Stellar Kinematic Groups. II. A Reexamination of the Membership, Activity, and Age of the Ursa Major Group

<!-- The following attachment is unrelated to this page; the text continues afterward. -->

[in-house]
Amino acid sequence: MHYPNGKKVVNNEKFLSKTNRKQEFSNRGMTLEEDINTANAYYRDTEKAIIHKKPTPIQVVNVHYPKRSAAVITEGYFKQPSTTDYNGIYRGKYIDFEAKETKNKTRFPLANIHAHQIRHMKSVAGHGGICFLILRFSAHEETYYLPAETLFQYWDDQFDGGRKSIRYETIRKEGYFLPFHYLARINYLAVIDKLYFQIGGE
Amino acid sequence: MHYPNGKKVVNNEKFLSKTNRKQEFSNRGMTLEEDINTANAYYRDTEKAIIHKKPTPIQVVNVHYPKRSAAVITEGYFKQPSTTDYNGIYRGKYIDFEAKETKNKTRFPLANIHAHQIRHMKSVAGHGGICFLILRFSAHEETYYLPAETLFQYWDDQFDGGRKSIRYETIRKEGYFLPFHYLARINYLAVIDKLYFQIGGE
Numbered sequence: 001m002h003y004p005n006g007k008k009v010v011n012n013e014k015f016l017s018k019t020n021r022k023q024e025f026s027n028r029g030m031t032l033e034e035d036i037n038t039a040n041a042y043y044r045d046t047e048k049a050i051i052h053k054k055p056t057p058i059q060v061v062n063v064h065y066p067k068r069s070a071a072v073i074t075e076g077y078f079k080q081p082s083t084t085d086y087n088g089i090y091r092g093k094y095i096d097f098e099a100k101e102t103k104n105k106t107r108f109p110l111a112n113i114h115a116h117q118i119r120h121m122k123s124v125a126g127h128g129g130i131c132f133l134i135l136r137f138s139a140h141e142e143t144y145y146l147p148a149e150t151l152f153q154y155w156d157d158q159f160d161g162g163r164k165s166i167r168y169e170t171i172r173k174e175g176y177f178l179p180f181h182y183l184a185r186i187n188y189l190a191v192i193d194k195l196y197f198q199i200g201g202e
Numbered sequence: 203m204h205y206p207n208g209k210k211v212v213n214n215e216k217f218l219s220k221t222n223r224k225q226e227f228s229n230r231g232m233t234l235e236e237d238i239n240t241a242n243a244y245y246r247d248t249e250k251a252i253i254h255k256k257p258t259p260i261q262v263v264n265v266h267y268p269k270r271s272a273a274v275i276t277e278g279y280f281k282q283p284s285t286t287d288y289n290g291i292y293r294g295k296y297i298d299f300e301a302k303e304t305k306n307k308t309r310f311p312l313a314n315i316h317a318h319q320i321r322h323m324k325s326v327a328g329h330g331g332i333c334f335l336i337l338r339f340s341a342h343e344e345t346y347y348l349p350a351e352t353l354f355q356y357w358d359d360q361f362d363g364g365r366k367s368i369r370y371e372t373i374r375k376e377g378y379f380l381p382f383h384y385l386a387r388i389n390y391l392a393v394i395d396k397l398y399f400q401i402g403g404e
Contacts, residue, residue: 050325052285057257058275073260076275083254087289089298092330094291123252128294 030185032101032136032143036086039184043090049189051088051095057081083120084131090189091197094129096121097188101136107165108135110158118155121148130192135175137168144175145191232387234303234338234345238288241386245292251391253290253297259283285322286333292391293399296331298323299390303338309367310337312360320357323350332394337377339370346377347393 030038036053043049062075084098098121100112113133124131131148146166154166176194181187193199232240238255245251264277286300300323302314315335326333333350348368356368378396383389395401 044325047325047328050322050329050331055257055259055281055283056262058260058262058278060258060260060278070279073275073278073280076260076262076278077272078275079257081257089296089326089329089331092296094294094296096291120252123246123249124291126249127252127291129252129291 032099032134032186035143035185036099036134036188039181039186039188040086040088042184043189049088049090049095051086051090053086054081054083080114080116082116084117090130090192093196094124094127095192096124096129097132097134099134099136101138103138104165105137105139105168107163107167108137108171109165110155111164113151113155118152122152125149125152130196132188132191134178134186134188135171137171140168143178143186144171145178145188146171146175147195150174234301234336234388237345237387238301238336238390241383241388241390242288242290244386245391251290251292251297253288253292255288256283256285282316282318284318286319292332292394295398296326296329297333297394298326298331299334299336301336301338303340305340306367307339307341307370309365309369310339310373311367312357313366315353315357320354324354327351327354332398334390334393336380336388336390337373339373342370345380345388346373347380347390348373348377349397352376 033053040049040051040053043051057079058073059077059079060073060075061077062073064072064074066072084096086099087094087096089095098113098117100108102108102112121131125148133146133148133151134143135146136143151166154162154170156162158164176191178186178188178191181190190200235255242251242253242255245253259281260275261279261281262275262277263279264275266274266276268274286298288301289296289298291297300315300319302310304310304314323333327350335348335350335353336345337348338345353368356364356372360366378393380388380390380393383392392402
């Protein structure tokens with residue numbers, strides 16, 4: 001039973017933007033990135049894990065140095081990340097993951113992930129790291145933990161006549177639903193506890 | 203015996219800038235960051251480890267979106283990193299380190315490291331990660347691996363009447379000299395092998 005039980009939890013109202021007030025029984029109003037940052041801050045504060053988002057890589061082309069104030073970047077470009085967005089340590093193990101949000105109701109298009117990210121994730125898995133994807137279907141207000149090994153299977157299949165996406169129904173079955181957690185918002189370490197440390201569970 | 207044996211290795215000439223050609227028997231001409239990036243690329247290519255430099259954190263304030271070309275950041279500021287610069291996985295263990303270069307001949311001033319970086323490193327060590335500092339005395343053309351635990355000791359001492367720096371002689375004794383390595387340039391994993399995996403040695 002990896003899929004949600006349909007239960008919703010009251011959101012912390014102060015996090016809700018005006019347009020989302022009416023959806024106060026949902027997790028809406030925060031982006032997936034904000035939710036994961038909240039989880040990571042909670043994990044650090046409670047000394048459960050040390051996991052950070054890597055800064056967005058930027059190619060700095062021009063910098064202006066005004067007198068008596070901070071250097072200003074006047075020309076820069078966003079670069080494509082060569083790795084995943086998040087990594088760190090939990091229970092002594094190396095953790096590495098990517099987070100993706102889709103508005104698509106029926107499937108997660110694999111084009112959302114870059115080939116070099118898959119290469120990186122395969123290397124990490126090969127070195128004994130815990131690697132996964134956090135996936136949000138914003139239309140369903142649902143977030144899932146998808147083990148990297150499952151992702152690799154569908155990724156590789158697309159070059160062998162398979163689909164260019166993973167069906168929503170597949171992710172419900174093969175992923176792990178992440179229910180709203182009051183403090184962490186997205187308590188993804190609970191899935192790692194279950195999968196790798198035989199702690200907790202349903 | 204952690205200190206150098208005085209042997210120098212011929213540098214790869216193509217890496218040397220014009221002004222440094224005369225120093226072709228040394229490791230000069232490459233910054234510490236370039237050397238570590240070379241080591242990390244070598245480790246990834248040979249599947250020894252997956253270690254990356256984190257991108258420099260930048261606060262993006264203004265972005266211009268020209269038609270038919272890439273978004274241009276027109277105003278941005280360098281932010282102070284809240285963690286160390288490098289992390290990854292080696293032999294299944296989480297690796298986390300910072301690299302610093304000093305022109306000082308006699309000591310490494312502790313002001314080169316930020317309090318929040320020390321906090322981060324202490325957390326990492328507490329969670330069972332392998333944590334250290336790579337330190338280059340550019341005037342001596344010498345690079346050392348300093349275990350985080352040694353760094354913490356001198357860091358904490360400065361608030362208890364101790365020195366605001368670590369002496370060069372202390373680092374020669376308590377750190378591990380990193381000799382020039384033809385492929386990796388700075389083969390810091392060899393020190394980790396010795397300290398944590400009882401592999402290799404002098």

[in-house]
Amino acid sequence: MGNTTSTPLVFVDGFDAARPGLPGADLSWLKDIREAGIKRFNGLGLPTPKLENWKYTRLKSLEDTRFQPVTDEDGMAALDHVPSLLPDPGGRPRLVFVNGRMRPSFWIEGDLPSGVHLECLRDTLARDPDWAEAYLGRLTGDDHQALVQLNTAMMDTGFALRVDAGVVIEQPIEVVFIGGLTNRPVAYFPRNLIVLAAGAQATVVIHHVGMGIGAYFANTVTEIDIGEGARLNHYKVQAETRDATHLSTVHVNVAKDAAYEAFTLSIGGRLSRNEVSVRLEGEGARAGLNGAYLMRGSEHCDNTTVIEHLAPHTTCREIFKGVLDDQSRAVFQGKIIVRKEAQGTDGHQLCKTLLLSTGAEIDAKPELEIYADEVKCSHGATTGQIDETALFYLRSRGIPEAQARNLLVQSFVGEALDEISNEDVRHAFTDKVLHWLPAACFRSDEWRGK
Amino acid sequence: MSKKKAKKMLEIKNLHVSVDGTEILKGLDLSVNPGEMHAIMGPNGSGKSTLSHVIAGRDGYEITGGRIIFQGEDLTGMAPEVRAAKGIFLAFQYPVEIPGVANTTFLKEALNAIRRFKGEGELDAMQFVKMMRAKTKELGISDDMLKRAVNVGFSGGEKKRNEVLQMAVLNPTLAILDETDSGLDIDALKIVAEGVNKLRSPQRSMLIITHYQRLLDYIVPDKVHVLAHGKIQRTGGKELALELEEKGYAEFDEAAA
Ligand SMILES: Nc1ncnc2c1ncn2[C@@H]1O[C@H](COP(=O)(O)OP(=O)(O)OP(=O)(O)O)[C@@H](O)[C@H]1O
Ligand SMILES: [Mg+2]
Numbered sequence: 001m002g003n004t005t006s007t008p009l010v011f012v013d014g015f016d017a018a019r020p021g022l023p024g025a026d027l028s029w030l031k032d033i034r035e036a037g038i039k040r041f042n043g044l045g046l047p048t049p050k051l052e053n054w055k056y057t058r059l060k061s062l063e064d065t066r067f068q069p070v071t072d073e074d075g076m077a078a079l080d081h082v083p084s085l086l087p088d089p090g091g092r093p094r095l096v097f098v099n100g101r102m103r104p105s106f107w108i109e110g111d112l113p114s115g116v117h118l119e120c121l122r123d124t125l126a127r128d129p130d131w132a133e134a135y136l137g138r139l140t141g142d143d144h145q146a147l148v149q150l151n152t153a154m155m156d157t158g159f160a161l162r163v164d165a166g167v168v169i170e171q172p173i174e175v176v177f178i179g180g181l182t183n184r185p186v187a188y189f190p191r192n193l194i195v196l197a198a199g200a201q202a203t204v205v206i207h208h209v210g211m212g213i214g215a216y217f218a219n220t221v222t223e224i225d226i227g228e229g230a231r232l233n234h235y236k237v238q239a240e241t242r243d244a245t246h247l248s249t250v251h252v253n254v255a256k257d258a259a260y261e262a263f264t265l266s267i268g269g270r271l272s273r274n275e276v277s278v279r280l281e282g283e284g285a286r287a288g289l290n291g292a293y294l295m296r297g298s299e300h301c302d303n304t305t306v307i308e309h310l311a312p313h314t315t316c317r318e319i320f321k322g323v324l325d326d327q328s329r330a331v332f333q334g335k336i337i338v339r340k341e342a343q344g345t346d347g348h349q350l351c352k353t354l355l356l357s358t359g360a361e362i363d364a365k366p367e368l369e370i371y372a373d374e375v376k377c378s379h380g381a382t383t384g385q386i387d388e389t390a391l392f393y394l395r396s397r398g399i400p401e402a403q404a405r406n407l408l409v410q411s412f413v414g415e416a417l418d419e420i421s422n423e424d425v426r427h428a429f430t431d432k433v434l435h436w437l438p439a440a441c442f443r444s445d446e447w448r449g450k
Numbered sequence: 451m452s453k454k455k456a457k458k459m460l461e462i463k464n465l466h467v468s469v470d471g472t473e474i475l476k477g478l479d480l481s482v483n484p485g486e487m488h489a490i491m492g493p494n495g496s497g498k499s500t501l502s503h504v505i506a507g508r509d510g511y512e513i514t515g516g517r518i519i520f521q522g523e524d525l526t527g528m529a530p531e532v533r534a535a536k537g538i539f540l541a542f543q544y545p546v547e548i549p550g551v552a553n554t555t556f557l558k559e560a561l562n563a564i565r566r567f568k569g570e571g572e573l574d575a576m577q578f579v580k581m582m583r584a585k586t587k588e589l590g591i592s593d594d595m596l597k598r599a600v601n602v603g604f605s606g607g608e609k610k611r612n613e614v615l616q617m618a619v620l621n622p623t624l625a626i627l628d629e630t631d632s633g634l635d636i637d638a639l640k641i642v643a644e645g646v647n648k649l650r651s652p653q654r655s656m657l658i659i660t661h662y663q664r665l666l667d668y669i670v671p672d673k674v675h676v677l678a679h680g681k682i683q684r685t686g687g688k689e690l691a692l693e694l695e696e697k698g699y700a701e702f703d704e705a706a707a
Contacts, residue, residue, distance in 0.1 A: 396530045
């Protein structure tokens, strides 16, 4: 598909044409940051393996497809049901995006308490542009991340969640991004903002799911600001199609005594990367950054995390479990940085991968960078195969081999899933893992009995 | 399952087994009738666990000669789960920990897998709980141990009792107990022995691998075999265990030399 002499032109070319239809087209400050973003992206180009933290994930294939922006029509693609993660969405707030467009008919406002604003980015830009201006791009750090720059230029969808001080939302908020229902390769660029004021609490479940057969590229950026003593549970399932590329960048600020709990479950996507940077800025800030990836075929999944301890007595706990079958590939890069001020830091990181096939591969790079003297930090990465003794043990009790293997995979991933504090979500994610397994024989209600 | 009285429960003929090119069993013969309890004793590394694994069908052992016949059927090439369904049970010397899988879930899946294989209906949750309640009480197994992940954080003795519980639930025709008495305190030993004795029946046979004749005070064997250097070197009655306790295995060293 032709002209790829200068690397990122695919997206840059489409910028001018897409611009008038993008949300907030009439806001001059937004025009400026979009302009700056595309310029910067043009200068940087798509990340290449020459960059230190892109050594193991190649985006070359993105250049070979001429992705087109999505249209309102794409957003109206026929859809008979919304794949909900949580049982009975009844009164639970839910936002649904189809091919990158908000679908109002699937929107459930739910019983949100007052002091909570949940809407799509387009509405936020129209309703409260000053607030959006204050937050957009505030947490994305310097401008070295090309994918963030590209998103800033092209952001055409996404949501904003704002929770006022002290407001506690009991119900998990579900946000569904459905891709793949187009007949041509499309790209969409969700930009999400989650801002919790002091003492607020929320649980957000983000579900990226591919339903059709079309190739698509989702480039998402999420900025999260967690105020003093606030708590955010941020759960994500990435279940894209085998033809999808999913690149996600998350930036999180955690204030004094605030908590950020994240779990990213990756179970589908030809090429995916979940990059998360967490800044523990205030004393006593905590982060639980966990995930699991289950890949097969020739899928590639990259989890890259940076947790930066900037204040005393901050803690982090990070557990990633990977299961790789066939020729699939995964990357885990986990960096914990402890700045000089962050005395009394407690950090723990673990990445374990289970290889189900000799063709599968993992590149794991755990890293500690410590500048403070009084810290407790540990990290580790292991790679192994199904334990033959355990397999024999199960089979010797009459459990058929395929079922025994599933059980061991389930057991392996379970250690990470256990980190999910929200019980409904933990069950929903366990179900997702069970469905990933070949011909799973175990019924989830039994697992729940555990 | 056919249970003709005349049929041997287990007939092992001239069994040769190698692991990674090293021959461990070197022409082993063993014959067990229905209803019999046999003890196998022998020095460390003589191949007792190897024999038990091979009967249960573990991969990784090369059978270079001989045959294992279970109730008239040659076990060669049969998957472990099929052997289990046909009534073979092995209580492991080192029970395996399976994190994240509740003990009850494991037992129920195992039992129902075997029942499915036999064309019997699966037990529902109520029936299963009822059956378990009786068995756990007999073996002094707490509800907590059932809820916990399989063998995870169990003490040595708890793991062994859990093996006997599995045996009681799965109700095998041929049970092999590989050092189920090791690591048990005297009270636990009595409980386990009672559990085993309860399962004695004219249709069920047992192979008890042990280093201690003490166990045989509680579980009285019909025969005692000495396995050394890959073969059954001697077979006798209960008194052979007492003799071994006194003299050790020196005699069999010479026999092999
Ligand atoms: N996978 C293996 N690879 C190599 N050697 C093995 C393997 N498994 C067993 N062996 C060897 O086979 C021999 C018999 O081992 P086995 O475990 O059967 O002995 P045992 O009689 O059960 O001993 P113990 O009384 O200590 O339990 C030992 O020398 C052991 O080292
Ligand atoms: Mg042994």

Utilizing Hipparcos parallaxes, original radial velocities and recent literature values, new Ca II H and K emission measurements, literature-based abundance estimates, and updated photometry (including recent resolved measurements of close doubles), we revisit the Ursa Major moving group membership status of some 220 stars to produce a final clean list of nearly 60 assured members, based on kinematic and photometric criteria. Scatter in the velocity dispersions and H-R diagram is correlated with trial activity-based membership assignments, indicating the usefulness of criteria based on photometric and chromospheric emission to examine membership. Closer inspection, however, shows that activity is considerably more robust at excluding membership, failing to do so only for <=15% of objects, perhaps considerably less. Our UMa members demonstrate nonzero vertex deviation in the Bottlinger diagram, behavior seen in older and recent studies of nearby young disk stars and perhaps related to Galactic spiral structure. Comparison of isochrones and our final UMa group members indicates an age of 500+/-100 Myr, some 200 Myr older than the canonically quoted UMa age. Our UMa kinematic/photometric members' mean chromospheric emission levels, rotational velocities, and scatter therein are indistinguishable from values in the Hyades and smaller than those evinced by members of the younger Pleiades and M34 clusters, suggesting these characteristics decline rapidly with age over 200-500 Myr. None of our UMa members demonstrate inordinately low absolute values of chromospheric emission, but several may show residual fluxes a factor of >=2 below a Hyades-defined lower envelope. If one defines a Maunder-like minimum in a relative sense, then the UMa results may suggest that solar-type stars spend 10% of their entire main-sequence lives in periods of precipitously low activity, which is consistent with estimates from older field stars. As related asides, we note six evolved stars (among our UMa nonmembers) with distinctive kinematics that lie along a 2 Gyr isochrone and appear to be late-type counterparts to disk F stars defining intermediate-age star streams in previous studies, identify a small number of potentially very young but isolated field stars, note that active stars (whether UMa members or not) in our sample lie very close to the solar composition zero-age main sequence, unlike Hipparcos-based positions in the H-R diagram of Pleiades dwarfs, and argue that some extant transformations of activity indices are not adequate for cool dwarfs, for which Ca II infrared triplet emission seems to be a better proxy than Hα-based values for Ca II H and K indices.